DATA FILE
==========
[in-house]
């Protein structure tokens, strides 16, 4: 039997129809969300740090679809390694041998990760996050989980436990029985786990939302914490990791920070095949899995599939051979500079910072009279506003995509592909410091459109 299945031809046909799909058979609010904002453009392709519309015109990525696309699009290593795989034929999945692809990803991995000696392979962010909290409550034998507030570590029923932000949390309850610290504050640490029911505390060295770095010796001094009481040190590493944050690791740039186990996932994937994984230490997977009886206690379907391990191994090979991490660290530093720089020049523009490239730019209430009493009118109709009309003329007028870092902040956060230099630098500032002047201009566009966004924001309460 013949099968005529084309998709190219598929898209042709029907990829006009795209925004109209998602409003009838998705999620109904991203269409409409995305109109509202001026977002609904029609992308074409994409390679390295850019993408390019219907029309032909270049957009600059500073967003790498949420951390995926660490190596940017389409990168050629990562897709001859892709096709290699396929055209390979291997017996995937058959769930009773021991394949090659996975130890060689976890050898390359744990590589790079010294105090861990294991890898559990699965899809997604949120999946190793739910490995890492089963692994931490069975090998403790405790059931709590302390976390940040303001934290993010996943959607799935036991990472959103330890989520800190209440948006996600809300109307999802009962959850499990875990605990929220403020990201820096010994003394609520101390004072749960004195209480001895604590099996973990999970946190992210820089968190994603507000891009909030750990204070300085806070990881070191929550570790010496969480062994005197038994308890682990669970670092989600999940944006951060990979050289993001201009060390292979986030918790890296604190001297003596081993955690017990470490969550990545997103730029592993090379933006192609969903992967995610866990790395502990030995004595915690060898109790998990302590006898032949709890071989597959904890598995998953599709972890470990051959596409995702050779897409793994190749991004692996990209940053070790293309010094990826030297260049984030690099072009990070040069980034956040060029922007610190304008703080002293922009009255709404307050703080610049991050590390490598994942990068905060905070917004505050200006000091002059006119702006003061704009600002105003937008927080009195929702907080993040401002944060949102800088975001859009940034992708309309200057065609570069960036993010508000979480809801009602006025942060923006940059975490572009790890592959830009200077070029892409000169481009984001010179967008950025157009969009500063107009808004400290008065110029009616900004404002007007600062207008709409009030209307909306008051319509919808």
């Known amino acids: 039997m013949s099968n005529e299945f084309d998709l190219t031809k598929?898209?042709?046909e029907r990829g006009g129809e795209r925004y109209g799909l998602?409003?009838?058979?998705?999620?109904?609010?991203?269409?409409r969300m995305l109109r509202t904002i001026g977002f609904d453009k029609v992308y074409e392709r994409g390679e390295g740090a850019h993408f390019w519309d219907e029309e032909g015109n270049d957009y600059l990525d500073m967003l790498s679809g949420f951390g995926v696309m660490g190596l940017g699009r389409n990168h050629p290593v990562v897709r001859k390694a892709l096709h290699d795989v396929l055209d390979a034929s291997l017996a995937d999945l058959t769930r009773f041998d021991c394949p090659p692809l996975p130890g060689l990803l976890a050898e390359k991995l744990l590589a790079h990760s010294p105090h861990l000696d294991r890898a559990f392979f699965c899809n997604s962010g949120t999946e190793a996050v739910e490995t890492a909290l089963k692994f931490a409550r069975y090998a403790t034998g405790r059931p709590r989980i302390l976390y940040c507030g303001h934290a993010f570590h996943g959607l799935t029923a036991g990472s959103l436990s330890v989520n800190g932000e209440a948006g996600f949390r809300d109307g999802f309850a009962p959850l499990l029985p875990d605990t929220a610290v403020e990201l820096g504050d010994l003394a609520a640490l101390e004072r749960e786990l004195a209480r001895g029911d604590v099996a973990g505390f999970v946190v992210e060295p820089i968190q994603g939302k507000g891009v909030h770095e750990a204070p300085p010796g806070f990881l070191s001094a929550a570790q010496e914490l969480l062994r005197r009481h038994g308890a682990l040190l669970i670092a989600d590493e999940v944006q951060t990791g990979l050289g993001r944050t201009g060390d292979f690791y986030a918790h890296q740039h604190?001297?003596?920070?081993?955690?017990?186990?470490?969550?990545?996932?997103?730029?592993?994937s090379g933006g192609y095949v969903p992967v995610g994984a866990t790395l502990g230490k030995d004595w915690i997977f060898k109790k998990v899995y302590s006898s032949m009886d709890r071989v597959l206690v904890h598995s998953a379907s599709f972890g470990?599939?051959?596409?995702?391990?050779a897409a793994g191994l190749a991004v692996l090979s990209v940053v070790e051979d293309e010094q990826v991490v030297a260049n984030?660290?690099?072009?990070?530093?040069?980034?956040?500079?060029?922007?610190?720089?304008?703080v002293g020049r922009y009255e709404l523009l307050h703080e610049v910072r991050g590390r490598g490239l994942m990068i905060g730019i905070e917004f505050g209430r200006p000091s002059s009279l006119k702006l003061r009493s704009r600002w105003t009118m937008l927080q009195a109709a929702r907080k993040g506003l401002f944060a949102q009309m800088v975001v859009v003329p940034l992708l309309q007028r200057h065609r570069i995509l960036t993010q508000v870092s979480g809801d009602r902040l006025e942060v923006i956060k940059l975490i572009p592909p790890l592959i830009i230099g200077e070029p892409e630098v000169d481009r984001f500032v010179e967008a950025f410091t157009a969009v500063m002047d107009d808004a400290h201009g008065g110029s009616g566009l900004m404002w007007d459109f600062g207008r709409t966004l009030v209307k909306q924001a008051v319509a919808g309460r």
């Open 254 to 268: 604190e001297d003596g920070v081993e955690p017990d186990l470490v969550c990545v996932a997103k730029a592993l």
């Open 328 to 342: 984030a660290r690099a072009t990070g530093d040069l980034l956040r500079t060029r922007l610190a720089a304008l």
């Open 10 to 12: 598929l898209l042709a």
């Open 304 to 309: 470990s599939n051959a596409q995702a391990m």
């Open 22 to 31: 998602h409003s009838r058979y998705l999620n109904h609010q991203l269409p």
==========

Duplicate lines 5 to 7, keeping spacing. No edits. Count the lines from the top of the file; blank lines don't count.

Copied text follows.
């Open 328 to 342: 984030a660290r690099a072009t990070g530093d040069l980034l956040r500079t060029r922007l610190a720089a304008l």
């Open 10 to 12: 598929l898209l042709a």
């Open 304 to 309: 470990s599939n051959a596409q995702a391990m």